Key Idea: When continental plate material from one plate presses against another plate, the continental plate material is forced upward, forming mountains.

Students are expected to know that:

  1. Continental plate material makes up continents, oceanic plate material makes up ocean basins, and the top part of any plate can be made of either oceanic or continental plate material or continental plate material in some places and oceanic plate material in other places.
  2. Continental plate material is made of rock that is less dense and much thicker than oceanic plate material.
  3. When two plates press together, if one plate has plate material at its edge that is less dense than the edge of the other plate, the less dense plate material will crumple upward, creating a bend or fold in the plate material but not causing the plate to break into smaller pieces of rock. If the plate material is approximately the same density on both edges, the edges of both will crumple upward.
  4. When continental plate material from one plate presses against oceanic plate material from another plate, the continental plate material crumples up over the oceanic plate material.
  5. As continental plate material from one plate presses against continental plate material from another plate, the edges of both plates crumple up, creating a bend or fold in the plate material but not causing the plate to break into smaller pieces of rock.
  6. The result of a plate crumpling up is mountains, which are composed of the continental plate material that has been folded upward.
  7. The crumpling up of plate material reduces the area of the earth’s surface covered by a plate.
  8. New mountains have formed throughout earth’s history, and mountains continue to develop as plates move and press together.

Boundaries:

  1. Students are not expected to know that continental plate material from one plate can sink under other continental plate material from another plate.
  2. Students are not expected to know that when two plates press together, plate material breaks (e.g., faults occur) as well as bends.
Frequency of selecting a misconception

Misconception
ID Number

Student Misconception

Grades
6–8

Grades
9–12

PTM146

Earth's plates cannot bend (AAAS Project 2061, n.d.).

50%

45%

PTM039

Mountains form by the piling up of pieces of rock (AAAS Project 2061, n.d.).

50%

45%

PTM140

Continental plate material is only pushed upward when it pushes into continental plate material on another plate (AAAS Project 2061, n.d.).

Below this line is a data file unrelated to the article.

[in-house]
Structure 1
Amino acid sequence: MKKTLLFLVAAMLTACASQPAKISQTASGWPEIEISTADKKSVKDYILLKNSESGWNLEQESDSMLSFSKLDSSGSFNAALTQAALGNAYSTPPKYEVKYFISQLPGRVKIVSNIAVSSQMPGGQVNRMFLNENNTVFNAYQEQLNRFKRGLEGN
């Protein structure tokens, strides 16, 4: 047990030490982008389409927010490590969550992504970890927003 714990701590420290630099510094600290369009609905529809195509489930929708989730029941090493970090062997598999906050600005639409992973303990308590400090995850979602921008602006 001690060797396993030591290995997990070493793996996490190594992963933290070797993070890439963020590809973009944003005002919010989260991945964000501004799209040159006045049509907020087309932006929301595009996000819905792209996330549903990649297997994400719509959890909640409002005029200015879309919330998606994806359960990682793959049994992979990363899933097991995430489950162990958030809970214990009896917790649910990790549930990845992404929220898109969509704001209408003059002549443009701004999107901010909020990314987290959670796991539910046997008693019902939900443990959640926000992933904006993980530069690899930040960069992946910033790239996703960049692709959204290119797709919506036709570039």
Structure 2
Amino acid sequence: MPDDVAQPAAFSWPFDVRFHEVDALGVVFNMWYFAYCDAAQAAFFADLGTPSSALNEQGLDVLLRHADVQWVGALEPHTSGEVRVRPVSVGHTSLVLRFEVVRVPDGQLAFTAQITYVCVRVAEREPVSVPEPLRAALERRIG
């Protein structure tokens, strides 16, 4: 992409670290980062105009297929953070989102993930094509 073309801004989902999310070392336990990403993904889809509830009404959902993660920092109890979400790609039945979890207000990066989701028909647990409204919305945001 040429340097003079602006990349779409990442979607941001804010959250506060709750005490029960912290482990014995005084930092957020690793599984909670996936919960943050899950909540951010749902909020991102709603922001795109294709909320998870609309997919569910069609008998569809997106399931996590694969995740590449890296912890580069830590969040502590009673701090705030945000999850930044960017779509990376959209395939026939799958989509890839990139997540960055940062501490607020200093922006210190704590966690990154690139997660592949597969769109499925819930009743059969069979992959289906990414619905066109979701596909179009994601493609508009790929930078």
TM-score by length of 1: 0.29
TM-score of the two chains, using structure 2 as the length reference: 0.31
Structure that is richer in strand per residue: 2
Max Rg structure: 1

37%

35%

PTM129

Continental plate material is pushed beneath oceanic plate material when two plates push together (AAAS Project 2061, n.d.).

25%

22%

PTM133

When two plates push together and continental plate material is at the edge of both plates, one plate will stop moving and the edge of the other plate will be pushed upward (AAAS Project 2061, n.d.).

22%

23%

PTM142

When a plate with continental plate material at its edge pushes into another plate, the continental plate material is always pushed downward (AAAS Project 2061, n.d.).

15%

18%

PTM131

When two plates push together, the edges of the plates break into small pieces (AAAS Project 2061, n.d.).

16%

15%

PTM132

When two plates push together and continental plate material makes up the edge of both plates, both plates will be pushed downward (AAAS Project 2061, n.d.).

15%

13%

PTM130

When two plates push into each other, both plates will stop moving (AAAS Project 2061, n.d.).

12%

13%

PTM144

New mountains developed in the past, but no new mountains are developing today (AAAS Project 2061, n.d.).

13%

12%

PTM145

There have been times when mountains have developed in the past, but only occasionally (i.e., not continuously) (AAAS Project 2061, n.d.).

14%

10%

PTM143

All mountains that exist today formed when the earth first formed (AAAS Project 2061, n.d.).

10%

7%

Frequency of selecting a misconception was calculated by dividing the total number of times a misconception was chosen by the number of times it could have been chosen, averaged over the number of students answering the questions within this particular idea.